The Highest Possible Score on the ASVAB
The Armed Services Vocational Aptitude Battery (ASVAB) is used to identify qualified applicants who wish to enter the military.
The highest ASVAB score is 99. The score is a percentile generated from an individual's performance on the subtests making up the Armed Forces Qualification Test (AFQT): Arithmetic Reasoning (AR), Mathematical Knowledge (MK), Paragraph Comprehension (PC) and Word Knowledge (WK).
A test-taker's results are compared to recorded scores from a controlled sample of individuals who took the same tests in 1997. The score a person receives indicates what percentage of those sample test-takers he or she did better than. Therefore, earning a score of 75 means that you did better than 75% of the sample group.
Lowest Score Possible
The lowest score that a person can receive on the AFQT is 1. This means a person did as well as 1% of the sample group of test-takers.
Enlistment Score Requirements
The AFQT score needed to join the military varies from branch to branch. The minimum score requirement to join the Army is 31. Joining the Air Force requires individuals to earn at least a 36. The Coast Guard only considers applicants with a score of 40 or higher.
Line scores, which are also known as composite scores, may be used to determine if an applicant would be a good fit for specific careers in a branch of the military. For example, an acceptable Skilled Technical (ST) score may be required for some positions in the Army. The ST score is determined by an individual's scores on the Mathematics Knowledge (MK), Mechanical Comprehension (MC), General Science (GS), Paragraph Comprehension (PC) and Word Knowledge (WK) subtests of the ASVAB.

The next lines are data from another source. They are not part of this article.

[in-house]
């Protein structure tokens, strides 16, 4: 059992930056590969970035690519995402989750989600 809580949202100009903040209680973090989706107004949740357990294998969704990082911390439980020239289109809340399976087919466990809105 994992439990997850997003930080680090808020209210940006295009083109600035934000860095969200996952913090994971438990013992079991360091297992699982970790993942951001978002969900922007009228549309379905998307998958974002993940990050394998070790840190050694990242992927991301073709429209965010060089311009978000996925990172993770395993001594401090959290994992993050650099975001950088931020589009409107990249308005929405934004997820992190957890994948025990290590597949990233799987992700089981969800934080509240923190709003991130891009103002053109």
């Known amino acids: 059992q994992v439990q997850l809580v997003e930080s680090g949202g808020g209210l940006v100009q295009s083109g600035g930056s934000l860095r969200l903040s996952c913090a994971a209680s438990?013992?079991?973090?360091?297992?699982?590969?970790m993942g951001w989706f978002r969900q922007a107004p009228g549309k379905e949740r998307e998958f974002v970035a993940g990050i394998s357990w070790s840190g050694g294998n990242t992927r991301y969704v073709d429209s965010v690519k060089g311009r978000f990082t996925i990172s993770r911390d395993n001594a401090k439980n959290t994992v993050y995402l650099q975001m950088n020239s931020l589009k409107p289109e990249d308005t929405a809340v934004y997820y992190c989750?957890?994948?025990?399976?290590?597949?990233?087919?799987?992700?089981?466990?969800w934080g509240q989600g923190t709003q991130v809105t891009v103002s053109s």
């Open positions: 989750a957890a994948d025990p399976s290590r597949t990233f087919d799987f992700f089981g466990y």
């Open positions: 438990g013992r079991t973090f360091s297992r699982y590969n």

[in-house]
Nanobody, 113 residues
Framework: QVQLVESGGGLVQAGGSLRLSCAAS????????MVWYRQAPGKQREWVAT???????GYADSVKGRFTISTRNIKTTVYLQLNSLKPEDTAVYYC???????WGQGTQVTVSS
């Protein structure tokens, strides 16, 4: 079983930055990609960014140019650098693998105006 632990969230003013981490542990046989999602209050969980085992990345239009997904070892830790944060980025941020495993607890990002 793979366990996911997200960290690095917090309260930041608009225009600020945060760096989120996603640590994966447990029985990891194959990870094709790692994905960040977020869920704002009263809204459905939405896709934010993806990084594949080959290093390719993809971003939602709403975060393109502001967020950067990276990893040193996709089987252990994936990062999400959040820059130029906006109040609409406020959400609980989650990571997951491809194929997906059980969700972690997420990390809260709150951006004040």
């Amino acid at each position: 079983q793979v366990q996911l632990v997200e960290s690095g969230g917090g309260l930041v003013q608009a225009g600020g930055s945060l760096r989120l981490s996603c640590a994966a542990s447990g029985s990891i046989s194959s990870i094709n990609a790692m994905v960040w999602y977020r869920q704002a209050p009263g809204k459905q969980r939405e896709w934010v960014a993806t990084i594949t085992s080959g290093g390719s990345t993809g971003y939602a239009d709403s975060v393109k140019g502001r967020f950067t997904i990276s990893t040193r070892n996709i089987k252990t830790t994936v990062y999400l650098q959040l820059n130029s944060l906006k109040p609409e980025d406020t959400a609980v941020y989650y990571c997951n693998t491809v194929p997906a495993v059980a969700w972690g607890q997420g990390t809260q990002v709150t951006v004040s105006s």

Other line scores include a Clerical (CL) score, Combat (CO) score and a General Technical (GT) score. It is important to carefully review the military careers you are interested in to determine their specific requirements and whether a minimum line score is needed to qualify.
About the ASVAB
The subject areas covered on the ASVAB are:
- Arithmetic Reasoning (AR)
- Assembling Objects (AO)
- Auto Information (AI)
- General Science (GS)
- Electronics Information (EI)
- Mathematics Knowledge (MK)
- Mechanical Comprehension (MC)
- Paragraph Comprehension (PC)
- Shop Information (SI)
- Word Knowledge (WK)
Test Formats and Lengths
The ASVAB can be taken on computer, or individuals may take a paper version of the test.
Up to 154 minutes are provided for individuals taking the ASVAB on computer, while 149 minutes are available to those who take the paper version of the test.
The computerized test has 145 questions, while the paper test includes 225 questions.
Retaking the ASVAB
If you need to take the ASVAB again you can do so. You must wait 1 full month before you can retake the test. If you wish to take the test a 3rd time, you must wait for another full month from the 2nd test date. After your third attempt, a 6-month waiting period applies before you can attempt the test again.
Preparing for the ASVAB
In order to earn the highest score possible on your ASVAB, you can use the resources included in this online ASVAB Study Guide. There are also study guides and practice tests available for some of the subtests making up the AFQT, such as those linked to here.